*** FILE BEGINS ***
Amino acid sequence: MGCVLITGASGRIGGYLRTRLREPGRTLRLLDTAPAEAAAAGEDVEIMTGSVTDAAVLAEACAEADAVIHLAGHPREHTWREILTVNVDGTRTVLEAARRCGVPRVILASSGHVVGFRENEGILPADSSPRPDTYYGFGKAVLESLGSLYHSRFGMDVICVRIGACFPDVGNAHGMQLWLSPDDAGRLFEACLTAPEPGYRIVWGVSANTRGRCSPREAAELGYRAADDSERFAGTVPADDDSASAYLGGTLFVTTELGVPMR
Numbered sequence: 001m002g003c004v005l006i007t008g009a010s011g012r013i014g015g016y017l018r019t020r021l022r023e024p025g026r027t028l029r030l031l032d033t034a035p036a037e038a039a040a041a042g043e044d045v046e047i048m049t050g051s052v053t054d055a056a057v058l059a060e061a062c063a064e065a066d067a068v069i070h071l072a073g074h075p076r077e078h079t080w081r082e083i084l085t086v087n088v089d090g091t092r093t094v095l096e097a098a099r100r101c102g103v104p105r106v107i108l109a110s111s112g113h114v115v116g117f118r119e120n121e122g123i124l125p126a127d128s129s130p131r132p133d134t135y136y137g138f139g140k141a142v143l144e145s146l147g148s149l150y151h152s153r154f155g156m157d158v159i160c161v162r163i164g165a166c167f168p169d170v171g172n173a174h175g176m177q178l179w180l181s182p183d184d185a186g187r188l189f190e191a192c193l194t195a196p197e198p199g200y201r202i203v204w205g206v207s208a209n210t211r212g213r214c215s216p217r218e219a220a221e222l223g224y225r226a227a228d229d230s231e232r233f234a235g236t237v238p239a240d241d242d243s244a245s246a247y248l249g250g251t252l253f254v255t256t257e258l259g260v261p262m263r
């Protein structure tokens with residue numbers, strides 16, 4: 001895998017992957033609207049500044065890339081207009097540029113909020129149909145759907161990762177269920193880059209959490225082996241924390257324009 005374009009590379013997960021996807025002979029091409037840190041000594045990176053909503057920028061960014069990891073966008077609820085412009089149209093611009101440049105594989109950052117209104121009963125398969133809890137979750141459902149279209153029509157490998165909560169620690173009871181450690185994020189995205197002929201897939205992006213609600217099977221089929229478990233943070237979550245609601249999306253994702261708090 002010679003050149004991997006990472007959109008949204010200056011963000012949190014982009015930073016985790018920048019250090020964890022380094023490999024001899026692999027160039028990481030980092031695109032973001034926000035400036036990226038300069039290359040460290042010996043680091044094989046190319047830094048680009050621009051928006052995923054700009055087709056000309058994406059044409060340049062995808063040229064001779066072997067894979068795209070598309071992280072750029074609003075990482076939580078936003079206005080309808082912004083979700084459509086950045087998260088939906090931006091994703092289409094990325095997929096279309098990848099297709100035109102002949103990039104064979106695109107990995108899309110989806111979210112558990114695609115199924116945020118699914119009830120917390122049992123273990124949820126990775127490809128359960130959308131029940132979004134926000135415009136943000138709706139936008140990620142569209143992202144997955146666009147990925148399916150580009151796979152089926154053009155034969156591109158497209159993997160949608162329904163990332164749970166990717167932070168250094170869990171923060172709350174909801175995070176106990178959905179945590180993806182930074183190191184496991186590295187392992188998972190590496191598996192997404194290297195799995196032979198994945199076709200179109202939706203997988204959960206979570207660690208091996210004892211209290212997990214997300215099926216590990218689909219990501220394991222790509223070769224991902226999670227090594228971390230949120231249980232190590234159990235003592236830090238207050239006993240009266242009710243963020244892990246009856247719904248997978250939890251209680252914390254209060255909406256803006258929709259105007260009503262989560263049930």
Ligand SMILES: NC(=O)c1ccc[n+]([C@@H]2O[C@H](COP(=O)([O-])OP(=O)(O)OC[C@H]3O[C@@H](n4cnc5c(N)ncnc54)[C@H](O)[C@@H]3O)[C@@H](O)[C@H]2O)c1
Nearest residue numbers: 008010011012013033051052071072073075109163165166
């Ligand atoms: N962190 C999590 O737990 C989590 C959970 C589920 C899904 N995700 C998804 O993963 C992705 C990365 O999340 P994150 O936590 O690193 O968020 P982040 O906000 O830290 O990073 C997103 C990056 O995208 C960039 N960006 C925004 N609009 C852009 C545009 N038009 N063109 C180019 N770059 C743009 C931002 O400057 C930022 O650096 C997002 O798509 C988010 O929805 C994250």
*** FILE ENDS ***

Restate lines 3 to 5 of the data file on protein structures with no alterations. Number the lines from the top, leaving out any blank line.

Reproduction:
């Protein structure tokens with residue numbers, strides 16, 4: 001895998017992957033609207049500044065890339081207009097540029113909020129149909145759907161990762177269920193880059209959490225082996241924390257324009 005374009009590379013997960021996807025002979029091409037840190041000594045990176053909503057920028061960014069990891073966008077609820085412009089149209093611009101440049105594989109950052117209104121009963125398969133809890137979750141459902149279209153029509157490998165909560169620690173009871181450690185994020189995205197002929201897939205992006213609600217099977221089929229478990233943070237979550245609601249999306253994702261708090 002010679003050149004991997006990472007959109008949204010200056011963000012949190014982009015930073016985790018920048019250090020964890022380094023490999024001899026692999027160039028990481030980092031695109032973001034926000035400036036990226038300069039290359040460290042010996043680091044094989046190319047830094048680009050621009051928006052995923054700009055087709056000309058994406059044409060340049062995808063040229064001779066072997067894979068795209070598309071992280072750029074609003075990482076939580078936003079206005080309808082912004083979700084459509086950045087998260088939906090931006091994703092289409094990325095997929096279309098990848099297709100035109102002949103990039104064979106695109107990995108899309110989806111979210112558990114695609115199924116945020118699914119009830120917390122049992123273990124949820126990775127490809128359960130959308131029940132979004134926000135415009136943000138709706139936008140990620142569209143992202144997955146666009147990925148399916150580009151796979152089926154053009155034969156591109158497209159993997160949608162329904163990332164749970166990717167932070168250094170869990171923060172709350174909801175995070176106990178959905179945590180993806182930074183190191184496991186590295187392992188998972190590496191598996192997404194290297195799995196032979198994945199076709200179109202939706203997988204959960206979570207660690208091996210004892211209290212997990214997300215099926216590990218689909219990501220394991222790509223070769224991902226999670227090594228971390230949120231249980232190590234159990235003592236830090238207050239006993240009266242009710243963020244892990246009856247719904248997978250939890251209680252914390254209060255909406256803006258929709259105007260009503262989560263049930």
Ligand SMILES: NC(=O)c1ccc[n+]([C@@H]2O[C@H](COP(=O)([O-])OP(=O)(O)OC[C@H]3O[C@@H](n4cnc5c(N)ncnc54)[C@H](O)[C@@H]3O)[C@@H](O)[C@H]2O)c1
Nearest residue numbers: 008010011012013033051052071072073075109163165166